Lensbaby Lenses Take On the Melbourne Meet-Up: Part 1

Last year I traveled to Melbourne, Australia for a toy photographers meet-up and, with the help of the Lensbaby marketing department, I was able to take a few loaner lenses with me. I’ve done this before, so I had a better handle on what I needed to do to support those who were brave enough to try a new lens on this one-day toy safari.

Because I’ve talked about the Lensbaby line of lenses before, I wanted to get specific impressions from these intrepid photographers. To help keep the conversation focused I asked each photographer to answer three questions about their experience.

Without further ado, here are the quick first impressions of the Lensbaby line of lenses from my friends, Janan, Brett, and Arvin.

Janan

Is there any benefit to using an art lens in your toy photography? Or is it a hindrance?

Straight up, I’ve been a fan of the Lensbaby look and I’m pleased to have this chance to play with the Sweet 35. Many thanks to Shelly for bringing them down to Melbourne for the photo walk. The 35mm range worked well with the 1:12 scale figures I use. The biggest benefit I find is the tilt function. This allows in-camera motion to be captured practically, something that I struggle to recreate effectively in post-production. I’m really pleased with how this image of Black Panther leaping in the forest turned out. An added bonus is that the stretched-out bokeh helped blur the plastic stand I used to hold up the future king.

Many people become discouraged with the learning curve for this lens. How did you find it?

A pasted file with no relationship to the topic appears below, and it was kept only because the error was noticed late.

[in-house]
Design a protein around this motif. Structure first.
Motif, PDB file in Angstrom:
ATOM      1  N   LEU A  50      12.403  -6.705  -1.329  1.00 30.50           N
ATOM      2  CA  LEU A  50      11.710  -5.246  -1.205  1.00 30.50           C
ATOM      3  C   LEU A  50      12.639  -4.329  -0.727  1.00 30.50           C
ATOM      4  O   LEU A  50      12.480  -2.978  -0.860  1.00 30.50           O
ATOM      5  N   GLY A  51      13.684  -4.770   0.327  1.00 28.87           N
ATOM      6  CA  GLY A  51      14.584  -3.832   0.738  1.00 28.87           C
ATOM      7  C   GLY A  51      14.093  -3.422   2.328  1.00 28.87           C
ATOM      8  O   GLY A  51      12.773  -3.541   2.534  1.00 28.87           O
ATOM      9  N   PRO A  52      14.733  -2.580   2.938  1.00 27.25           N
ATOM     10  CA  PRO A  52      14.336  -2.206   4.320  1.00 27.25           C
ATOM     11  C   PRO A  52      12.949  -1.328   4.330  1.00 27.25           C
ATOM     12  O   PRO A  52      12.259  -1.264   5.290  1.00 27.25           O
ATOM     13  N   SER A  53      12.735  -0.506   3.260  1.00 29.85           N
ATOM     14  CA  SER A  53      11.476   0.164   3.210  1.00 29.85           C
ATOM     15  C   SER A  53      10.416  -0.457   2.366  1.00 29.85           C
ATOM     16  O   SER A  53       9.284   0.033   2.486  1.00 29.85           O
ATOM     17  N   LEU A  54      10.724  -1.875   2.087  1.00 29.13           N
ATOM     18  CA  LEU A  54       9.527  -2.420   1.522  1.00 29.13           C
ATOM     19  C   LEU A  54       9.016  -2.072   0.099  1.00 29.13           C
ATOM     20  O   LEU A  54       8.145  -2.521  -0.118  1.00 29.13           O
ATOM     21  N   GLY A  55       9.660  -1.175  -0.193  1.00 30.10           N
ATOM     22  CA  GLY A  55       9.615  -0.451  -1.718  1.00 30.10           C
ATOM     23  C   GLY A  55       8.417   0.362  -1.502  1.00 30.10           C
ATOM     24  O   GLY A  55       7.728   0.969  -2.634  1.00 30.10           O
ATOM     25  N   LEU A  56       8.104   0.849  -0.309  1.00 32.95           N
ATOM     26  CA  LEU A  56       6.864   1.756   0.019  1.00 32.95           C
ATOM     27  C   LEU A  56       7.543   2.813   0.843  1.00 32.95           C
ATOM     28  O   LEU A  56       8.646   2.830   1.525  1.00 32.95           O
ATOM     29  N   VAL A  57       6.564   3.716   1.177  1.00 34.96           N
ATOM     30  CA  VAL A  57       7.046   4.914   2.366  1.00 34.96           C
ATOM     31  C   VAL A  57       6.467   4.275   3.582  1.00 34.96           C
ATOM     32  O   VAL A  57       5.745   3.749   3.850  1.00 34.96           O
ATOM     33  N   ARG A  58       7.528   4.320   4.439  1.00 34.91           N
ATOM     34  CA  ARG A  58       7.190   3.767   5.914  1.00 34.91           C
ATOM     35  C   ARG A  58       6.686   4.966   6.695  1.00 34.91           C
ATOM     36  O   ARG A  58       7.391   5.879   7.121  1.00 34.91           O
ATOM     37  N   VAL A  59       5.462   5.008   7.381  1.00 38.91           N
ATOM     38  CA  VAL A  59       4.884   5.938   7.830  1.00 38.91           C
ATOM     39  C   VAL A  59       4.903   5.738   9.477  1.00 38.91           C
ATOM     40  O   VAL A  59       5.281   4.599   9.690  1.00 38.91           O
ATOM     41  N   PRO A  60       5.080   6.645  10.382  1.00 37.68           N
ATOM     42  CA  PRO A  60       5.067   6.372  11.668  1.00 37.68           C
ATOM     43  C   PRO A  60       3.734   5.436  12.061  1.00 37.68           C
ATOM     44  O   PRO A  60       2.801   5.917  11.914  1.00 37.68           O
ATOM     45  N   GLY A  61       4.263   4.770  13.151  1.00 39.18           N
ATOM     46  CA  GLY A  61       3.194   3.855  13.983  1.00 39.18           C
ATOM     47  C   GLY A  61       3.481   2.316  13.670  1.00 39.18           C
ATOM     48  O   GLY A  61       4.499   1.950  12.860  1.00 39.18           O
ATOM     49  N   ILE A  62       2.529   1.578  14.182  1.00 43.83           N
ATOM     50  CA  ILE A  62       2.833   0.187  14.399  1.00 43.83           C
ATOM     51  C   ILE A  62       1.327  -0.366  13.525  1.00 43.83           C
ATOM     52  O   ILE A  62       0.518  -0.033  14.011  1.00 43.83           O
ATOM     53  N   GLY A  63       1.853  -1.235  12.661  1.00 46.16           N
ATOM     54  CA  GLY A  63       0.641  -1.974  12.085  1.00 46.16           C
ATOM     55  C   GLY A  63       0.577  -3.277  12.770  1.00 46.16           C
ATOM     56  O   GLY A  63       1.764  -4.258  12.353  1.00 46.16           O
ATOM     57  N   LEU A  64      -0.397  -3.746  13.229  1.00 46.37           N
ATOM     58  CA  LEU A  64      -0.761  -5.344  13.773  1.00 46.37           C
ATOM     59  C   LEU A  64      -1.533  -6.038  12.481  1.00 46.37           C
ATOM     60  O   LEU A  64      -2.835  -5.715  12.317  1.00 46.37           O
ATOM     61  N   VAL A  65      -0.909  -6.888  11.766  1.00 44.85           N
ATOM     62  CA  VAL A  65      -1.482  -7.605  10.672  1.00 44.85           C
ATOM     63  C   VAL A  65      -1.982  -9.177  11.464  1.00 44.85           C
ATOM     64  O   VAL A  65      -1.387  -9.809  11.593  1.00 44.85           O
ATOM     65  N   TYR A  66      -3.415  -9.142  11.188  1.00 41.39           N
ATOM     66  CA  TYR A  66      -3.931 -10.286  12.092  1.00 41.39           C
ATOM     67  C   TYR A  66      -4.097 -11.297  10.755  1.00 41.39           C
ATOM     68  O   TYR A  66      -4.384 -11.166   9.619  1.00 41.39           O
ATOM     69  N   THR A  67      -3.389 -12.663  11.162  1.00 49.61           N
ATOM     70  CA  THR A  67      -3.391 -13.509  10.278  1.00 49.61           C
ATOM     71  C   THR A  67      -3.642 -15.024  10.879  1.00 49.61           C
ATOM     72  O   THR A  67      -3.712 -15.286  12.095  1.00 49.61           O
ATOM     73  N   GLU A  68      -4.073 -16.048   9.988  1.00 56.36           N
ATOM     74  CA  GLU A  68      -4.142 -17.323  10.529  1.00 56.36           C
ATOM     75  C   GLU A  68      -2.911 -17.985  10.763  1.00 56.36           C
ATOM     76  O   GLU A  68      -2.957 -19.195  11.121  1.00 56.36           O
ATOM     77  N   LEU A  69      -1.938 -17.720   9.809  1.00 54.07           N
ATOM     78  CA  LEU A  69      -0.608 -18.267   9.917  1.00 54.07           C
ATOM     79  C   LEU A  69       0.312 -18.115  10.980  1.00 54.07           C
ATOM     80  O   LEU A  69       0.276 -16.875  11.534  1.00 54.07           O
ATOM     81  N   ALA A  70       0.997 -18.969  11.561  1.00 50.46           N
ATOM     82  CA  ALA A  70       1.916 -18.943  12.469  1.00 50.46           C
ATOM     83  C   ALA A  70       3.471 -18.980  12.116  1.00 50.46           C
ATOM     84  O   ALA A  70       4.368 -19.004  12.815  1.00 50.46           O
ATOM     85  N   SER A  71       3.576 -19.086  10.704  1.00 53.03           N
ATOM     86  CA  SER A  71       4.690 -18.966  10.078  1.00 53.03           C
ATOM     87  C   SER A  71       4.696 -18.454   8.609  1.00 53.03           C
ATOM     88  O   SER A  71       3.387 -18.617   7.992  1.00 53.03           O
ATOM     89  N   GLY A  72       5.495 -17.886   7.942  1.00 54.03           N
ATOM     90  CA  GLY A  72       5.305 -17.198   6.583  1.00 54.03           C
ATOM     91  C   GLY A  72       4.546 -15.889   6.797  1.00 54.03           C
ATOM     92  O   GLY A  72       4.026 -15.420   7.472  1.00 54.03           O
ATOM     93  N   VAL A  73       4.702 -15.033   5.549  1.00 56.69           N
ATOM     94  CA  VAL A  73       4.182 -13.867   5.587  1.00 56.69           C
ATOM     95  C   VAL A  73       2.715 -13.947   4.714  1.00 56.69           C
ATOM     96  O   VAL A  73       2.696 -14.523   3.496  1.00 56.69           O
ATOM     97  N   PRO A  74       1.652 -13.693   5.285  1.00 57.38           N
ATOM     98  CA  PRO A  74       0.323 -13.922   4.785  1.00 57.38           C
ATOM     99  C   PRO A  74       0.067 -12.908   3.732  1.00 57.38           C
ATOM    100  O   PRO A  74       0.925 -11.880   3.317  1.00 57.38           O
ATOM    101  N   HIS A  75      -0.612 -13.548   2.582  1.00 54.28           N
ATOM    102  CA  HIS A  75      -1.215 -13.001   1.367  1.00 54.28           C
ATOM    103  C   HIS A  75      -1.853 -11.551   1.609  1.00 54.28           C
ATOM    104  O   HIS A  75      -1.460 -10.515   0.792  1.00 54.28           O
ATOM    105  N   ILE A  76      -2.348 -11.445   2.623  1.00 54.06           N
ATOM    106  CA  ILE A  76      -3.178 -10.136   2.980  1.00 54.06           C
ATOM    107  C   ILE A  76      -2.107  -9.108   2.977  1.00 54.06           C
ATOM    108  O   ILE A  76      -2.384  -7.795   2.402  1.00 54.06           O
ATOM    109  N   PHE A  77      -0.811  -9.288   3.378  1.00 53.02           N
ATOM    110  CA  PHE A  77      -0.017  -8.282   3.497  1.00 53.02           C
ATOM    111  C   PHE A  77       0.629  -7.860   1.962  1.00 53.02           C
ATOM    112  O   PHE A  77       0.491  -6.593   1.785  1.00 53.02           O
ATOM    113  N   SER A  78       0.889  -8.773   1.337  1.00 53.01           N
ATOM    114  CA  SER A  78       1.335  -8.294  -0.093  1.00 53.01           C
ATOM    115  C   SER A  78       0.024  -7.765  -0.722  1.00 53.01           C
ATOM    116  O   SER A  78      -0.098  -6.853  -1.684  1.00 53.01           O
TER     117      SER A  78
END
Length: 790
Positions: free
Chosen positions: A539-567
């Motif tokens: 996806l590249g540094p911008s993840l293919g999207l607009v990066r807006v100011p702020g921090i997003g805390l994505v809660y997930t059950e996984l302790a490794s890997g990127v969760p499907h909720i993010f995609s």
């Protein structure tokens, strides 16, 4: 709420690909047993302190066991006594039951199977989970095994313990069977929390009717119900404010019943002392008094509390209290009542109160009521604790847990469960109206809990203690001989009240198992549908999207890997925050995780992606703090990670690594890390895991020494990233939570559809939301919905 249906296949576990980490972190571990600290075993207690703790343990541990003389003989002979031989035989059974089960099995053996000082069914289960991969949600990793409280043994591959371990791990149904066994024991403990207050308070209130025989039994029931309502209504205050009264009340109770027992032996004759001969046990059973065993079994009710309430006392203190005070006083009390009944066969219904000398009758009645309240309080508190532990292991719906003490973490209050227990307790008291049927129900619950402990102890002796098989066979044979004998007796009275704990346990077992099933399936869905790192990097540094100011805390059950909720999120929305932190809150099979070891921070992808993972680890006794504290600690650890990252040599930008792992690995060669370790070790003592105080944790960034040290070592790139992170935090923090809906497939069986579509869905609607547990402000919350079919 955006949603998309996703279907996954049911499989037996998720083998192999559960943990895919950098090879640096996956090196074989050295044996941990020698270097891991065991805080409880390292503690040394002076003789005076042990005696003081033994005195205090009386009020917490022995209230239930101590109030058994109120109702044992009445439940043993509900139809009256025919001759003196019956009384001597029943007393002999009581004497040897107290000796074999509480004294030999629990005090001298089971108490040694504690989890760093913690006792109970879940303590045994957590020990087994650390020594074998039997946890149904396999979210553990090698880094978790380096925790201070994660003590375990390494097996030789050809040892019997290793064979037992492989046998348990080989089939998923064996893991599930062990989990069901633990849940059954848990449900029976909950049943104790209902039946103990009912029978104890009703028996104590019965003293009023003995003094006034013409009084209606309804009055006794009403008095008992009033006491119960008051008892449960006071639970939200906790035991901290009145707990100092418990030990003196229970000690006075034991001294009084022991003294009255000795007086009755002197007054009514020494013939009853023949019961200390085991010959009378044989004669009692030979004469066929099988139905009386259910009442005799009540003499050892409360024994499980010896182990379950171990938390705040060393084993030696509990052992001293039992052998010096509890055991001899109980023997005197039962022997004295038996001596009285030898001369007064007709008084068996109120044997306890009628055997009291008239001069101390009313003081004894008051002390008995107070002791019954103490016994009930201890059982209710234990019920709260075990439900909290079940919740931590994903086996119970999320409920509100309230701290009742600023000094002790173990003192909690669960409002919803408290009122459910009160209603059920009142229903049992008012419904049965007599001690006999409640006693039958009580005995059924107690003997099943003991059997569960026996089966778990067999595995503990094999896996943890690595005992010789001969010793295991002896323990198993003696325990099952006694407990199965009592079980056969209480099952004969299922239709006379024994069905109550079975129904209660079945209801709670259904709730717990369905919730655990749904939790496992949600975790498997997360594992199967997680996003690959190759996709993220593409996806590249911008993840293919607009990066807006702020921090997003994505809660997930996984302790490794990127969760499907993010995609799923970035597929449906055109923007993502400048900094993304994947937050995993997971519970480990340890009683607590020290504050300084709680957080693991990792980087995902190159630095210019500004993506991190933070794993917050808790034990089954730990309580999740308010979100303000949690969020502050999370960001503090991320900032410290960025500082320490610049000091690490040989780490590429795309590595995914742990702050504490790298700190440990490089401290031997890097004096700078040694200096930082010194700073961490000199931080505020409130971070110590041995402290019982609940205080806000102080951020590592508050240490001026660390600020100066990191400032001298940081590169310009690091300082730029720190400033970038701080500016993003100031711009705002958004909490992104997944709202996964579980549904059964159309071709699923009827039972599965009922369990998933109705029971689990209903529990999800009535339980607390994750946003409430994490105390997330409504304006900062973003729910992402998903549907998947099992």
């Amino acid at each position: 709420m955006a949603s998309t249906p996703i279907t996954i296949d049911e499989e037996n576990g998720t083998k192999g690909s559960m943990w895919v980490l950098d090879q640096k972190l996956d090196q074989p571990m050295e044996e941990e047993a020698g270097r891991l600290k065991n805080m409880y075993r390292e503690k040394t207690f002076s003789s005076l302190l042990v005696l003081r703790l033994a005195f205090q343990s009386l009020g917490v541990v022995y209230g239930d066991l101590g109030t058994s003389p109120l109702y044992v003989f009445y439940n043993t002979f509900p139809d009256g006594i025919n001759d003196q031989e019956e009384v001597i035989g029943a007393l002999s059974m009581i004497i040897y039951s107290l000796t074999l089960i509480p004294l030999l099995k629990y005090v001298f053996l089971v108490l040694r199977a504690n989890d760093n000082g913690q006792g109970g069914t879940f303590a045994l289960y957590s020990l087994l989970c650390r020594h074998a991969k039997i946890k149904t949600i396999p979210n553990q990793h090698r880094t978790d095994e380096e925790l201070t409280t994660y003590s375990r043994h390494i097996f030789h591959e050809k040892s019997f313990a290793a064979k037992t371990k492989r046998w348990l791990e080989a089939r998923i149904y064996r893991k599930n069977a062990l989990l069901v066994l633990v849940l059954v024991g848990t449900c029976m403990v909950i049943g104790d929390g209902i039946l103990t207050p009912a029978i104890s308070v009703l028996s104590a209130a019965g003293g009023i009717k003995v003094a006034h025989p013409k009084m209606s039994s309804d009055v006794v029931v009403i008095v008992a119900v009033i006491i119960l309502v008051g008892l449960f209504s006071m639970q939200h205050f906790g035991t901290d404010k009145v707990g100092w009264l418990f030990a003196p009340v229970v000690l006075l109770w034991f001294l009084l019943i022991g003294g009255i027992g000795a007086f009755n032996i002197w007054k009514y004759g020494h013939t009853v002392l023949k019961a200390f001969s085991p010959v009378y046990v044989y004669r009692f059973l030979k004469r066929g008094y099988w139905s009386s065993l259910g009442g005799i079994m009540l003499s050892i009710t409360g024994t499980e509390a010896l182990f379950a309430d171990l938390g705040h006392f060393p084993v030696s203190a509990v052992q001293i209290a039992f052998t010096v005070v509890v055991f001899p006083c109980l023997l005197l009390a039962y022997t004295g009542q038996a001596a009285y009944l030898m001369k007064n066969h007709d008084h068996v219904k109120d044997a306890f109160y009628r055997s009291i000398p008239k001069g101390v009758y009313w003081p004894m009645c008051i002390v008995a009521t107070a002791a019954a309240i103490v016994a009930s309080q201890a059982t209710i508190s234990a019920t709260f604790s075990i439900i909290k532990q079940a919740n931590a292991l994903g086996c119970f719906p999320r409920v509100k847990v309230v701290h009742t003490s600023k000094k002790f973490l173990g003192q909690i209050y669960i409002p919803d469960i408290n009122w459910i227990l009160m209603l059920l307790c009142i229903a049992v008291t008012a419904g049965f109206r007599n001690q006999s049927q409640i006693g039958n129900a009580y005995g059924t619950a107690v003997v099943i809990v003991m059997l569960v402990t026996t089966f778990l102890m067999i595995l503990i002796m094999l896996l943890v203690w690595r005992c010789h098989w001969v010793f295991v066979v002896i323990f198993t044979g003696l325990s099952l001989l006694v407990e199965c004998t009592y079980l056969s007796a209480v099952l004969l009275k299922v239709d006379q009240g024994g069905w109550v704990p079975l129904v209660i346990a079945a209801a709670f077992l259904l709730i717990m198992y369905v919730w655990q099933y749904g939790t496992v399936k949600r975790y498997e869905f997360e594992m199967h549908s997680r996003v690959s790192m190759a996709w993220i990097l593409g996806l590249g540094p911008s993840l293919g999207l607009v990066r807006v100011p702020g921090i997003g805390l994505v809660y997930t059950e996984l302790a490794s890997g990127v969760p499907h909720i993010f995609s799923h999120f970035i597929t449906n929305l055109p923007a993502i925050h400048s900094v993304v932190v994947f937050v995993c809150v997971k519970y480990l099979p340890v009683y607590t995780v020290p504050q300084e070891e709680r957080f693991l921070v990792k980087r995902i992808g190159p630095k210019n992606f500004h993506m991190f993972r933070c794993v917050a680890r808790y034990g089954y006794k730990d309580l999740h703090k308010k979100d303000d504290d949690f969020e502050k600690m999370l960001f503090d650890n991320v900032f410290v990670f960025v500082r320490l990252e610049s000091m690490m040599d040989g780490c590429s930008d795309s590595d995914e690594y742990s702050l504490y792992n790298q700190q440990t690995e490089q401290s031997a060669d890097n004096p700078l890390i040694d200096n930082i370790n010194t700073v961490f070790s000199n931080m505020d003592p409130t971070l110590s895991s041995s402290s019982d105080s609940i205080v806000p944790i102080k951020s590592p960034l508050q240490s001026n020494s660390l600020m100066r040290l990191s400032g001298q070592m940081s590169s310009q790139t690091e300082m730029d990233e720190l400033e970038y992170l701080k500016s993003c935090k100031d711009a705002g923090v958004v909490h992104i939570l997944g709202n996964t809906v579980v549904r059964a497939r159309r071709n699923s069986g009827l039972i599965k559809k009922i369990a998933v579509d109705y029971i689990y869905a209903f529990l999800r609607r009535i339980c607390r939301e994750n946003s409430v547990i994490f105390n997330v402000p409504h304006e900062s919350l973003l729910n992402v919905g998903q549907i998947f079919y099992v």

I usually shoot in manual focus so that aspect was comfortable enough. However, the tilt function is something new for me and I had to get used to it. Initially I “pushed” the tilt too far to the edge. It took a number tries to get the right amount of tilt. Personally, I found going halfway was just about right to use the Rule of Thirds on my subject. On my Canon 80D, I set the mode on “P” and stepped up/down exposure as required.

If you could do anything over on Saturday, in terms of the lens you borrowed, what would you do?

Shelly also provided me the Lensbaby 8mm and 16mm Macro Converter. Unfortunately, I didn’t get to play with them as much as I would have wanted to. The Sweet 35 kept my trigger finger entertained enough!

For toy photography, the Sweet 35 provides a very unique and creative look with gorgeous motion bokeh that can help an image to stand out. I can see myself having it attached to my camera as a go-to for street photography as well—the 35mm field of view works perfectly for this, too.

Runswithwampa captured at the 2019 Melbourne photo meet-up.
Trying a little street photography, Janan captures Brett Wilson at the Melbourne toy photo meet-up.

Brett

Is there any benefit to using an art lens in your toy photography? Or is it a hindrance?

Adding creativity into the photography process instead of the post process really forces you to think more about your photography. The notion of “I can fix or add that effect in post” is gone. It’s not needed. All the effects are captured in camera. Thinking more about your photography should never be considered a hindrance! 

Many people become discouraged with the learning curve for this lens. How did you find it? 

Luckily I had a great teacher. With only a five-minute “cook’s tour” of Lensbaby, Shelly explained the process and the purpose of the lenses in simple terms that even a knucklehead like me understood. Learning new processes and techniques should never discourage a photographer. Yes, Lensbaby forces you to think differently. But isn’t that what photography should be about?

If you could do anything over on Saturday, in terms of the lens you borrowed, what would you do?